County elections staff Thursday were in the thick of the lengthiest task of the ballot tally — verifying and counting provisional ballots.
The ballots make up a fraction of all votes cast. But they take the most time to count because of the process required to verify them.
This year, a larger-than-normal number of Tuolumne County voters turned in provisional ballots — a little more than 1,300.
Not all of those will be counted in the final tally, as some will fail to pass muster. But even with the few pulled out, there will still be between three and four times the number of provisional ballots in a typical election, said Debi Bautista Russell, county clerk-auditor-controller and the registrar of voters.
“People were more energized and wanted to be part of the election,” she said theorizing on the bump in numbers.
Provisional ballots are distributed by the elections office and at polling places in cases where there’s been a mistake or error involving a ballot, polling place or address. The most typical reasons include a voter going to the wrong polling place or a recent name or address change.
“Let’s say you live up in Crystal Falls and you vote at the library,” Bautista Russell said as an example.
Those ballots are placed in pink envelopes to differentiate them from the blue and yellow envelopes for mail-in and polling place ballots.
This year, because of the higher-than-expected provisional count, Tuolumne County ran out of the pinks and had to use a few extra yellows and blues that were marked to make sure they were counted as provisionals.
After election night, the provisional ballots are gathered and separated into precinct areas for the lengthy verification process. Each one is checked by three election staff members, who look to make sure the person is registered, is not registered elsewhere and did not vote multiple times. Russell said they look at the names, dates of birth, addresses and voter registration info to make sure everyone is properly counted.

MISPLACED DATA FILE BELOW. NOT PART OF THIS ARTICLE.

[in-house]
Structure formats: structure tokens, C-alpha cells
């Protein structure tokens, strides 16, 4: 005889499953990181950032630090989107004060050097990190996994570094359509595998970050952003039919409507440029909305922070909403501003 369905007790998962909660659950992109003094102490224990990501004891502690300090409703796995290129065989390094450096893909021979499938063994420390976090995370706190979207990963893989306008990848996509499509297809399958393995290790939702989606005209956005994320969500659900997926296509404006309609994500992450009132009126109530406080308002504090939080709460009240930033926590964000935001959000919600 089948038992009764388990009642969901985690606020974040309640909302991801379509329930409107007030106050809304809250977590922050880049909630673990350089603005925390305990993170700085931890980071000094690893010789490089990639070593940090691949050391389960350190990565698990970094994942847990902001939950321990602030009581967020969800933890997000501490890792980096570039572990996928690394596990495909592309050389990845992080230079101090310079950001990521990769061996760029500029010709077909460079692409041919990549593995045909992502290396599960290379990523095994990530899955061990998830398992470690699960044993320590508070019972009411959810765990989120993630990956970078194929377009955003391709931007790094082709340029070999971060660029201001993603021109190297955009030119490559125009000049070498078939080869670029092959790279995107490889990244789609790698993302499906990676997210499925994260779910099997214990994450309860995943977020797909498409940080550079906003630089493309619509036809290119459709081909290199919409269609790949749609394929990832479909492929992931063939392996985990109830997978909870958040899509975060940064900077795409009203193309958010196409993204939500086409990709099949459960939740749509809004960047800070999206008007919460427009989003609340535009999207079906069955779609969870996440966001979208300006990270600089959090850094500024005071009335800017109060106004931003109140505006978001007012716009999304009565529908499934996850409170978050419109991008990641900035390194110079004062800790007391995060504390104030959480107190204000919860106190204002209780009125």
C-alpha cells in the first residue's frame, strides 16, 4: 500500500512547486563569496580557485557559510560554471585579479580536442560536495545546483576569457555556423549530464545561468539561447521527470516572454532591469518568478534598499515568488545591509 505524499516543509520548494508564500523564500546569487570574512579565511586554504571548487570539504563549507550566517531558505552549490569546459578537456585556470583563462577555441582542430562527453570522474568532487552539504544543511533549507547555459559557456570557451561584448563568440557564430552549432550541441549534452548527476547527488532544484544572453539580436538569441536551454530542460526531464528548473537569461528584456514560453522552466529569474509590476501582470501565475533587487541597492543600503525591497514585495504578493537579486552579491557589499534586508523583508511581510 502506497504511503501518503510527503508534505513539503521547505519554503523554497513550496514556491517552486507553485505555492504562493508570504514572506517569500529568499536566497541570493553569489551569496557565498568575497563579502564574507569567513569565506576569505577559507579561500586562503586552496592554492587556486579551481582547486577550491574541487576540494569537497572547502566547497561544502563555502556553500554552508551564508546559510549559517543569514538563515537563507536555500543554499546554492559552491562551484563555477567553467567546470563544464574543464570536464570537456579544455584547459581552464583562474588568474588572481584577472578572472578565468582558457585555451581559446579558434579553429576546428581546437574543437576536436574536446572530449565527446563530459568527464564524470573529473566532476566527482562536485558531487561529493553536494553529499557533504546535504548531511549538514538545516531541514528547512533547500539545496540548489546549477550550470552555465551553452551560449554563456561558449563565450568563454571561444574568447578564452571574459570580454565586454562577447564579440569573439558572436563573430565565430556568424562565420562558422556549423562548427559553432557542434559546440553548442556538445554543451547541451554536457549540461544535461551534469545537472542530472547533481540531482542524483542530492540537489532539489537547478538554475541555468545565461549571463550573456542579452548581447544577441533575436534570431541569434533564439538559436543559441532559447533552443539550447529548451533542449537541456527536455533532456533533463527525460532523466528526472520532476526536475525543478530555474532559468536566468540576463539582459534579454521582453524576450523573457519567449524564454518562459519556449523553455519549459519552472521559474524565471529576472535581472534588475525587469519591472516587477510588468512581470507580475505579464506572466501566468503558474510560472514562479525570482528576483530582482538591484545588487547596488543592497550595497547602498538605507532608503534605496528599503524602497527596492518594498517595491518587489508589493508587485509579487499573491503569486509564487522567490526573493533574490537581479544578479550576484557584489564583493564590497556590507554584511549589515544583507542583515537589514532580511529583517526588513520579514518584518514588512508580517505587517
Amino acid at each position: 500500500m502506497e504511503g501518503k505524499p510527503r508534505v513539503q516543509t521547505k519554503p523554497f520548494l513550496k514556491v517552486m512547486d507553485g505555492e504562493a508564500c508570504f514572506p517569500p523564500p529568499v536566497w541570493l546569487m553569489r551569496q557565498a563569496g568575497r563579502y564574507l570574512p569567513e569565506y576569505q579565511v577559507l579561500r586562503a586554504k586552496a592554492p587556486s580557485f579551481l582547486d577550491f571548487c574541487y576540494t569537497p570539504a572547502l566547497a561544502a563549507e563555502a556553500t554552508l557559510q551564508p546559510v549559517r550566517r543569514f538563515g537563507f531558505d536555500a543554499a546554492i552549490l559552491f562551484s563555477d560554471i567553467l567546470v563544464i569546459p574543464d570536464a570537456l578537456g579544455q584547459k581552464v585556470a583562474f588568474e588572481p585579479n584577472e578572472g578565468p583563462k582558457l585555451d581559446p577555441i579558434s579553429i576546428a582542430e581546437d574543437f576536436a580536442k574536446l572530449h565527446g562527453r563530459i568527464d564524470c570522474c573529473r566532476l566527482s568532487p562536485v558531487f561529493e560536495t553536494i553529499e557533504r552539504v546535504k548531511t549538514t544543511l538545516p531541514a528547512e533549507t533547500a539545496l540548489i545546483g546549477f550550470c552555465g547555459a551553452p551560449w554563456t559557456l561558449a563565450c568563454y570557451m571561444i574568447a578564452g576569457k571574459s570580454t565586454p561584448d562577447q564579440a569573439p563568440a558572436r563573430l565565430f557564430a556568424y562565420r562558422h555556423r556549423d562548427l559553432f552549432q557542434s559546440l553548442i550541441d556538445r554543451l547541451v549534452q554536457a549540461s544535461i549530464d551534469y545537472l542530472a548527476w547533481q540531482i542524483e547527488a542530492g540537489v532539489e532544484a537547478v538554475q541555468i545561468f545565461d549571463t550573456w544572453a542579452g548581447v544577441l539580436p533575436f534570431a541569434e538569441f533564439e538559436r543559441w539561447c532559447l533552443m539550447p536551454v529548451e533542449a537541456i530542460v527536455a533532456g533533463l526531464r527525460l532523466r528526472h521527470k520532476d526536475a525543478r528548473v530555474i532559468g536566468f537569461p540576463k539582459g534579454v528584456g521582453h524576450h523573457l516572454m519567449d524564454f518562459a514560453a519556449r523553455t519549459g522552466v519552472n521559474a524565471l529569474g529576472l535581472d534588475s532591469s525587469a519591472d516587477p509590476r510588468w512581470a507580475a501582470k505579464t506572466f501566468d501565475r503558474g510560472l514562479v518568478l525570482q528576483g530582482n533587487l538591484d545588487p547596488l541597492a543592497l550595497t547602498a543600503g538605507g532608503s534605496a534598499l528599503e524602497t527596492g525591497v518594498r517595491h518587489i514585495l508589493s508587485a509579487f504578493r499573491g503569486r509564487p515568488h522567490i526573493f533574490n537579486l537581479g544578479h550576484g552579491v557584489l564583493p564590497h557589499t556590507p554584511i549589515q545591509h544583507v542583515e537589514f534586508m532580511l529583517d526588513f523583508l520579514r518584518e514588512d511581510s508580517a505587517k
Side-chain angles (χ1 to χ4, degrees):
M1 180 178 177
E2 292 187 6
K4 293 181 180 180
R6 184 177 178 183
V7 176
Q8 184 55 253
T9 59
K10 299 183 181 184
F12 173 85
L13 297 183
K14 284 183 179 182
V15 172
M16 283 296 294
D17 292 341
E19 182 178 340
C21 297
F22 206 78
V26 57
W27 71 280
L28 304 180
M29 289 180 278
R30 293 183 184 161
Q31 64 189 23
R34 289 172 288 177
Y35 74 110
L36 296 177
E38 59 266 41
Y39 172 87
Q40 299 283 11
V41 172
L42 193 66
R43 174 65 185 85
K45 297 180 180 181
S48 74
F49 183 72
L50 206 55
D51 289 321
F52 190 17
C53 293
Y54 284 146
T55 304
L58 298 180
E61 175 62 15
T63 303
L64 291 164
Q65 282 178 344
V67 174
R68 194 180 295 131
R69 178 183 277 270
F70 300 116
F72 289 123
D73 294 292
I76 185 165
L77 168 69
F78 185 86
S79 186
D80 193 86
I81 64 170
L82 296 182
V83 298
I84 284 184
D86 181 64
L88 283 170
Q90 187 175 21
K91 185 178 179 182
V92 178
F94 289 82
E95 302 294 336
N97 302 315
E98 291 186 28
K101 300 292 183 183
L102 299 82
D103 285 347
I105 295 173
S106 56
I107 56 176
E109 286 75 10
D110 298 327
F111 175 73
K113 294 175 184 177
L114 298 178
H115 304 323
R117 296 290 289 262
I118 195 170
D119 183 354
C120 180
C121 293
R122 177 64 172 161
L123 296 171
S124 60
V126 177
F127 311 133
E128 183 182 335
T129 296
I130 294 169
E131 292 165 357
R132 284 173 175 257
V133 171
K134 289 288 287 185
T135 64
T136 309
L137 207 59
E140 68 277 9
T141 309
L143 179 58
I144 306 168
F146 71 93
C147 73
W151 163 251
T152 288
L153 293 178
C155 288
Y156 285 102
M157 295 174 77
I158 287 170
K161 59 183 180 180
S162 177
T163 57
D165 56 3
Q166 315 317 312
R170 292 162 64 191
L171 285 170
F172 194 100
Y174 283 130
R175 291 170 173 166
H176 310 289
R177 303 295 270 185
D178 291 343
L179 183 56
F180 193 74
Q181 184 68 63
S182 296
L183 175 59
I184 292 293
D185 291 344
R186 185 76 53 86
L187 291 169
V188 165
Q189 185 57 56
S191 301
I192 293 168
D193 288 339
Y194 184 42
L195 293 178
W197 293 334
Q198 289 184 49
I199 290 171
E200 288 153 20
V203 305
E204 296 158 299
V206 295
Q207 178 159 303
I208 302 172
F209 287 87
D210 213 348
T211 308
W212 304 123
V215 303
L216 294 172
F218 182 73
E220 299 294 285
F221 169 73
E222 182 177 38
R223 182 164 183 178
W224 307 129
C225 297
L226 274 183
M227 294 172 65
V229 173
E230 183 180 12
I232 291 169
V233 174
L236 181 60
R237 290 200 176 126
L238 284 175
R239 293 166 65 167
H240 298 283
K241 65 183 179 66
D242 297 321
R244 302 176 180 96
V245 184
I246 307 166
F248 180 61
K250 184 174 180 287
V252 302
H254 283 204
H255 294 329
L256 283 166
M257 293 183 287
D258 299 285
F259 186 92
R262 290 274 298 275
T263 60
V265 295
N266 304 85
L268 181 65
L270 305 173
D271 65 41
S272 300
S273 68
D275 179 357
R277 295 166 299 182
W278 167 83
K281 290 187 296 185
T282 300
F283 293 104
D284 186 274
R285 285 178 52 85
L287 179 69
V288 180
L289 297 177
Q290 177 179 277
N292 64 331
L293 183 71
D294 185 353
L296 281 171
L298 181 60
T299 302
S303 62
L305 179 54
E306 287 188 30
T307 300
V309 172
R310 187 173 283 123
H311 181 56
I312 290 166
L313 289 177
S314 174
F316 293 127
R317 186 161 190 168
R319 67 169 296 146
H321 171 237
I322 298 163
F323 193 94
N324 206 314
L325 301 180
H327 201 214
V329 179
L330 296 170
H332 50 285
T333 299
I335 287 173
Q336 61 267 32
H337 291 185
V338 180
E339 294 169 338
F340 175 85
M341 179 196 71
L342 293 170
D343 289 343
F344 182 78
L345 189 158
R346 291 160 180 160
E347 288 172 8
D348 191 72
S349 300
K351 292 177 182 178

The vast majority of ballots that are disqualified are done so because the person was not registered to vote in the county on Election Day.
The verification process happens at a rate of around 15 to 20 ballots an hour, meaning the 1,000-plus provisional ballot count takes longer than counting the tens of thousands of ballots cast at the proper polling place or mailed in.
This year’s final election results likely won’t come out until at least next week, though only one local race — a bond measure for Summerville High — could be affected.
“You have to do it with every person,” she said. “I’m touching these a whole lot more, and you still need to do the other steps.”
Once verified and divided into precincts, the provisional ballots are opened and run through the voting machine. Elections offices in the state of California have 28 days to complete the process and certify the results.
And the process will likely be more complicated in the coming years as the state recently approved same-day registration. People who vote the day they register will likely be using provisional ballots, which will take longer to verify as elections workers around the state will have to await updated registration figures to make sure voters didn’t register in multiple spots.
Bautista Russell said Tuolumne County is a small enough place to handle the issues within the 28-day deadline, but she wonders how larger counties like Los Angeles will cope.
“That is going to be a bear,” she said. “It makes it a little harder to validate everything.”
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